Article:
Carnegie Mellon University
file.pdf (254.7 kB)

An Extensible Theory of Indexed Types

Download (254.7 kB)
journal contribution
posted on 2005-12-01, 00:00 authored by Daniel R. Licata, Robert Harper
Indexed families of types are a way of associating run-time data with compile-time abstractions that can be used to reason about them. We propose an extensible theory of indexed types, in which programmers can define the index data appropriate to their programs and use them to track properties of run-time code. The essential ingredients in our proposal are (1) a logical framework, which is used to define index data, constraints, and proofs, and (2) computation with indices, both at the static and dynamic levels of the programming language. Computation with indices supports a variety of mechanisms necessary for programming with extensible indexed types, including the definition and implementation of indexed types, meta-theoretic reasoning about indices, proofproducing run-time checks, computed index expressions, and runtime actions of index constraints. Programmer-defined index propositions and their proofs can be represented naturally in a logical framework such as LF, where variable binding is used to model the consequence relation of the logic. Consequently, the central technical challenge in our design is that computing with indices requires computing with the higherorder terms of a logical framework. The technical contributions of this paper are a novel method for computing with the higher-order data of a simple logical framework and the integration of such computation into the static and dynamic levels of a programming language. Further, we present examples showing how this computation supports indexed programming.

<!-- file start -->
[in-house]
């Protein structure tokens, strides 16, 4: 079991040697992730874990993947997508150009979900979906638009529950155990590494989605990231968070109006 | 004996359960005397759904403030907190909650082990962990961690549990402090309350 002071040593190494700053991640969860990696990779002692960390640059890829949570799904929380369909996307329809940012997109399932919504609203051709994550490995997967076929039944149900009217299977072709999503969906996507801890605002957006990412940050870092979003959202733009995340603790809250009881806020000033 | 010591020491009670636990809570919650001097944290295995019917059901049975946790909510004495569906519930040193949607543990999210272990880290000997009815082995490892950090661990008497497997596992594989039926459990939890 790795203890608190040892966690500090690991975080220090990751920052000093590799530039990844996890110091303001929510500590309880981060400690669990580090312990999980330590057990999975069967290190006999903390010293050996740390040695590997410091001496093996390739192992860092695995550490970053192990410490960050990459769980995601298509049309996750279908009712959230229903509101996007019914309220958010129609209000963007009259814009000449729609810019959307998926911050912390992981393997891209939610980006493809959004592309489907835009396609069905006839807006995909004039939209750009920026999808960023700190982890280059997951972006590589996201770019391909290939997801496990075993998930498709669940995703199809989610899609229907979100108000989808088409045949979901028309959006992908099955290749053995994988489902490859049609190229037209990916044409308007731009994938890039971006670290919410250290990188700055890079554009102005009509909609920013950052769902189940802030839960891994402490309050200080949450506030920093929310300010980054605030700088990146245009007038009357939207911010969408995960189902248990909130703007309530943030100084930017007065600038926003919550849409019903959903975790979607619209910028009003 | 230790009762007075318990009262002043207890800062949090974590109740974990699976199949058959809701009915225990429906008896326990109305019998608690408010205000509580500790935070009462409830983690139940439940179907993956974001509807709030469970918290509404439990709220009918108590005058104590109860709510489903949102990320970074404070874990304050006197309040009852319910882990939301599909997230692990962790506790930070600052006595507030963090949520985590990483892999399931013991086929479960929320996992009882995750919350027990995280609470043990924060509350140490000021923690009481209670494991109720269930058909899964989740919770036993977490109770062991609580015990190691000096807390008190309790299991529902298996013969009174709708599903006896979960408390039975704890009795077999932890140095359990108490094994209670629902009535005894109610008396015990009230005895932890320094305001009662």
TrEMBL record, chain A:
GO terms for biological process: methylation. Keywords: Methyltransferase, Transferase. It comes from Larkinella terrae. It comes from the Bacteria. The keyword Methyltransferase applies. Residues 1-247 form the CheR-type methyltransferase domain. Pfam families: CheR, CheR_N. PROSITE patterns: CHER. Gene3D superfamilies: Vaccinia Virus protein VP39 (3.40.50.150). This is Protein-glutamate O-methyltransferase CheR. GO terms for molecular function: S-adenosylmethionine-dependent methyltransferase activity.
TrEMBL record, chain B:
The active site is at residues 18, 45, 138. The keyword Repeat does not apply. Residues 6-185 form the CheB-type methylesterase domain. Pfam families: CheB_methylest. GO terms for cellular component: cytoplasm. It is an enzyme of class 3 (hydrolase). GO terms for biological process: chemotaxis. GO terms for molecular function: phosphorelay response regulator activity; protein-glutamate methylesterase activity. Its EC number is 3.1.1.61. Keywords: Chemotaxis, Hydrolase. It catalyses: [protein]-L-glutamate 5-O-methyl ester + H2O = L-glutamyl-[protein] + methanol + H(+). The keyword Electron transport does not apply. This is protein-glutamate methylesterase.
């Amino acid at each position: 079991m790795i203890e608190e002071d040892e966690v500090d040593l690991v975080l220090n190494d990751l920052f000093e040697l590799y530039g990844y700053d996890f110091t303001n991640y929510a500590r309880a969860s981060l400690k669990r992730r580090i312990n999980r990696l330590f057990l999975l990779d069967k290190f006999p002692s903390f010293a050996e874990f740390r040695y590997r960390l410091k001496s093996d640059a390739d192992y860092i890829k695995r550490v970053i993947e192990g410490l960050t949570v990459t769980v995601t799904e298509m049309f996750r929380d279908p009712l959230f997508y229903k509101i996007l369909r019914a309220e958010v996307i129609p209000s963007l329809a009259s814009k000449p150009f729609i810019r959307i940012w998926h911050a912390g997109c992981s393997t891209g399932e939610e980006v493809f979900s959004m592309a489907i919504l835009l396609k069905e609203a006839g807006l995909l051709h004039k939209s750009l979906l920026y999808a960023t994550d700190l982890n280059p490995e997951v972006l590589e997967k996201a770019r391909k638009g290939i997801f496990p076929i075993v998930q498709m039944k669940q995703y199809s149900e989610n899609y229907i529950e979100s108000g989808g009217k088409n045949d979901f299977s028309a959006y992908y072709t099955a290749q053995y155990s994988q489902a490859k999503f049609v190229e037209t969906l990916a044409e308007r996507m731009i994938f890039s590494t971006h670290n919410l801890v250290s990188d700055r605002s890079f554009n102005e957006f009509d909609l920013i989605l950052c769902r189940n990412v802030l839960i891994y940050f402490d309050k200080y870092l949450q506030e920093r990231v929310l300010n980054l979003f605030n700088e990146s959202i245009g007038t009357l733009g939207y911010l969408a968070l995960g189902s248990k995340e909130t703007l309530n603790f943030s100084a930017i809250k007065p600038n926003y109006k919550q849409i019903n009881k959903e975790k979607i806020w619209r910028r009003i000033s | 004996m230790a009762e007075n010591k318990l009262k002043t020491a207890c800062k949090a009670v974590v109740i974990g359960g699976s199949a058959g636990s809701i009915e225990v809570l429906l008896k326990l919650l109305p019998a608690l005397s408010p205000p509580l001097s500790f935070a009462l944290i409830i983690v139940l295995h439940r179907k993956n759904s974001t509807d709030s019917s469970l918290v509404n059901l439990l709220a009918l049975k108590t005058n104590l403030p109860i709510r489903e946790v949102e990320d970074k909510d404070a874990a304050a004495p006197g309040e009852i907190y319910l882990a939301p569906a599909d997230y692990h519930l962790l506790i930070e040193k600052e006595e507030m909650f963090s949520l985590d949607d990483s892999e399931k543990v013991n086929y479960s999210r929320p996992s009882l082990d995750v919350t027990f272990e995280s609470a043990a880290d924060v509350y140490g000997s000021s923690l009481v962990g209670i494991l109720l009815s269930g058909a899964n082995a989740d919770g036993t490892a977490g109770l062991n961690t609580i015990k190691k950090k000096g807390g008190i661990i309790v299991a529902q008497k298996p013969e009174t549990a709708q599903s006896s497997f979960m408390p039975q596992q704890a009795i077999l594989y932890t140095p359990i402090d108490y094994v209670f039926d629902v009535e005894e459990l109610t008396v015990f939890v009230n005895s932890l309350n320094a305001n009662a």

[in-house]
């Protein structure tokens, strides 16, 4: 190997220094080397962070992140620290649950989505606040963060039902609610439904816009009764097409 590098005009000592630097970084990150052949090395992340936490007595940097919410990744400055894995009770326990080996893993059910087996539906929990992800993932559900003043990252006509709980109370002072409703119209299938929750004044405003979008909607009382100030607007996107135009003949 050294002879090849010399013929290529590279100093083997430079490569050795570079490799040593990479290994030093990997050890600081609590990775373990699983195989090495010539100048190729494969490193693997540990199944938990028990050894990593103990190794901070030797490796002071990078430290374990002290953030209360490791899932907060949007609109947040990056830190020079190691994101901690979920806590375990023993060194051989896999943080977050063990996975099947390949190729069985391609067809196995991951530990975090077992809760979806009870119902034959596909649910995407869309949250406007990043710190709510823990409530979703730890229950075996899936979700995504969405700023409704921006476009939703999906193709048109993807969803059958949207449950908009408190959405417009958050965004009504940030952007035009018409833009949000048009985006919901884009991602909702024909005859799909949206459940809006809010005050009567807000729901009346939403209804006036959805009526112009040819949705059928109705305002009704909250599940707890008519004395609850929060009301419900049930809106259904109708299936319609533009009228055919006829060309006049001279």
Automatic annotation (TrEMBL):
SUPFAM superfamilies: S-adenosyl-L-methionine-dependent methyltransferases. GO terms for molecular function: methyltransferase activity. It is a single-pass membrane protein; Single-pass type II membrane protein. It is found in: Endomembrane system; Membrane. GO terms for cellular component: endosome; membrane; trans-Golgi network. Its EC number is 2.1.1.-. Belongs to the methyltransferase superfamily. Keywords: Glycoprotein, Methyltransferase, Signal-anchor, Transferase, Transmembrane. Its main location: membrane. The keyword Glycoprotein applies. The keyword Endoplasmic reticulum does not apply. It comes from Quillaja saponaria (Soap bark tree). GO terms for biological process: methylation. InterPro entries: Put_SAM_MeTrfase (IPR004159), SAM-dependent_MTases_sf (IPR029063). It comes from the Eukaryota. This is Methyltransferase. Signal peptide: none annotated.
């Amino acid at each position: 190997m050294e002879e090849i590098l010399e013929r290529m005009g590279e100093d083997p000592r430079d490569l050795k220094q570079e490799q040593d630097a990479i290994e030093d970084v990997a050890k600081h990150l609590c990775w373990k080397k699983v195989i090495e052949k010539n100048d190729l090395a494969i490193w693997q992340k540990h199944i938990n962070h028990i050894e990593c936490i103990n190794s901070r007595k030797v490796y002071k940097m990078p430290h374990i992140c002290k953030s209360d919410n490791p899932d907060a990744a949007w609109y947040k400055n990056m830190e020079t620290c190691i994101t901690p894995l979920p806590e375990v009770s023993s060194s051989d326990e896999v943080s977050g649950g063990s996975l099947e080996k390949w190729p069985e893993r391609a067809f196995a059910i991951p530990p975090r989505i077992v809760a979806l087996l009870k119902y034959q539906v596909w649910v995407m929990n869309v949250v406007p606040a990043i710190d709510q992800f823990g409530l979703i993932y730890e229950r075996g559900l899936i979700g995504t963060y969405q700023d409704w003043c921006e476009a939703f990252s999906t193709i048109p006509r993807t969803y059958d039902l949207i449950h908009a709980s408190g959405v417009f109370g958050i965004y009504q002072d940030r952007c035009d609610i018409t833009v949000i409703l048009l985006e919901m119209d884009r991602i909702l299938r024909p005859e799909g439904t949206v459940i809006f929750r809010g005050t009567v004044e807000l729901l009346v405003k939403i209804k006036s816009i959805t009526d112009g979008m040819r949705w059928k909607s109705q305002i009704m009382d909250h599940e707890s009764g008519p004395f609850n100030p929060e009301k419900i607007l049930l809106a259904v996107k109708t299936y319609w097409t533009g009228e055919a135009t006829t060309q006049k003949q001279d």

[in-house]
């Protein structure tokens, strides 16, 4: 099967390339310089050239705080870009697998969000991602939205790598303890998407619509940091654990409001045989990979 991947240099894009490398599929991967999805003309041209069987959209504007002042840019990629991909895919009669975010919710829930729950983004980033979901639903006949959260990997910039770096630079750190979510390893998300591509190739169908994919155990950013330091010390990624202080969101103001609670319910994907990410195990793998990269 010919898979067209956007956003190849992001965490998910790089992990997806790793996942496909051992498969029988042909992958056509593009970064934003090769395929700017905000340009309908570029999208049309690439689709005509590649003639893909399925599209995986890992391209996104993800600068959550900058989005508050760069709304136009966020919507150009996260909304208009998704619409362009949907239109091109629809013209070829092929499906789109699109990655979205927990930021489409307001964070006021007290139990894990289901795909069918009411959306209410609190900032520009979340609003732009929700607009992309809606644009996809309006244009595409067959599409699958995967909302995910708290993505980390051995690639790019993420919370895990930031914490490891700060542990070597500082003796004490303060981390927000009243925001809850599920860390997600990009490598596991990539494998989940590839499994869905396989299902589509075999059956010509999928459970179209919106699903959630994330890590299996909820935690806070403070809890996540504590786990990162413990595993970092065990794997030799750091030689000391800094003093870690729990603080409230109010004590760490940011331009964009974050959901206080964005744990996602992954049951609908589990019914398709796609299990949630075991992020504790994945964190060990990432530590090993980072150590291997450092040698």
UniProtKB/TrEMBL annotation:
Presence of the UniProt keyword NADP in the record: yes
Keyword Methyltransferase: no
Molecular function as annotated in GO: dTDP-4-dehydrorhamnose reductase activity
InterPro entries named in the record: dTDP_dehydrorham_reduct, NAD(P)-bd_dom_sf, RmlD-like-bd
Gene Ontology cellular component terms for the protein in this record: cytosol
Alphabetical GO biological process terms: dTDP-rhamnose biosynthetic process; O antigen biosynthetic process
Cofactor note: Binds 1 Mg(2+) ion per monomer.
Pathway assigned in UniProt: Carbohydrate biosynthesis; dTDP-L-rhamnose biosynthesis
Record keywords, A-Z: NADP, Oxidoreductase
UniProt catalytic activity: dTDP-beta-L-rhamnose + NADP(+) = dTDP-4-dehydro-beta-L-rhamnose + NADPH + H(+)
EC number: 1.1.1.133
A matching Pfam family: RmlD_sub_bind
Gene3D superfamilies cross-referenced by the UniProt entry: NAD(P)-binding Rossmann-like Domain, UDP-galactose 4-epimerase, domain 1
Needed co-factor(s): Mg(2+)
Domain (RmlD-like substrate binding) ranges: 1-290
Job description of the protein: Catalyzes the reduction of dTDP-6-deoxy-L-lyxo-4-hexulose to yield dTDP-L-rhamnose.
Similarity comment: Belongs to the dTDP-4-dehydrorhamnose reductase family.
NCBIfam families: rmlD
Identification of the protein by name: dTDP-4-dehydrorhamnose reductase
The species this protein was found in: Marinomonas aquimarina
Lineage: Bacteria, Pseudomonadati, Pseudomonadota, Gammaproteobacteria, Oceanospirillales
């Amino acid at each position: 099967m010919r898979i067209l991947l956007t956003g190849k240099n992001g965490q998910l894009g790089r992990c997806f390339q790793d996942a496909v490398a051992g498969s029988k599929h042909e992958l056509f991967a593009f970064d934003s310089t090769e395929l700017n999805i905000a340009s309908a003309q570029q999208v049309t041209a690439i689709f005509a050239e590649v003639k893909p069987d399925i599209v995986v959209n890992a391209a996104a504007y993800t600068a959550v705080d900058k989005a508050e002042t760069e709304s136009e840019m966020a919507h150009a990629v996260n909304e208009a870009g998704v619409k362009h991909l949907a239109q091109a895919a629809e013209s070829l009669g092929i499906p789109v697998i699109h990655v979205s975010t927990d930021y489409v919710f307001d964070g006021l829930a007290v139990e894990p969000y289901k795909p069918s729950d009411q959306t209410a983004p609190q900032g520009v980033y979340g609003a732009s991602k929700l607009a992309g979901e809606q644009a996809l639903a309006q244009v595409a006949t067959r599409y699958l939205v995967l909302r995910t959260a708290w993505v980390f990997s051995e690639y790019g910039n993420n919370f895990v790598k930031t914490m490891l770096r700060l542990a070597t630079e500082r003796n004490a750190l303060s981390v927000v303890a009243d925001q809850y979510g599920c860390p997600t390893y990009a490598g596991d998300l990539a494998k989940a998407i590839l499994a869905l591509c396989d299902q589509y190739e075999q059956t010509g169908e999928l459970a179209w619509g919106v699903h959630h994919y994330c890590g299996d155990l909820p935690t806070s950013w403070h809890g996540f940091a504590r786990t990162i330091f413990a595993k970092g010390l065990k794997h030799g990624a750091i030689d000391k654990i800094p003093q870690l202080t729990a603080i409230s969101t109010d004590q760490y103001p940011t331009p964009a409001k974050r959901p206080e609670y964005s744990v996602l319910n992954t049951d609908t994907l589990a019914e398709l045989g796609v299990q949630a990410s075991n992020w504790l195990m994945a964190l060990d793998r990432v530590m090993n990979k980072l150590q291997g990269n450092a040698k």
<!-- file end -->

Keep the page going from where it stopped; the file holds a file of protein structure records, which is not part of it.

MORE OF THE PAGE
Usage metrics


    Ref. manager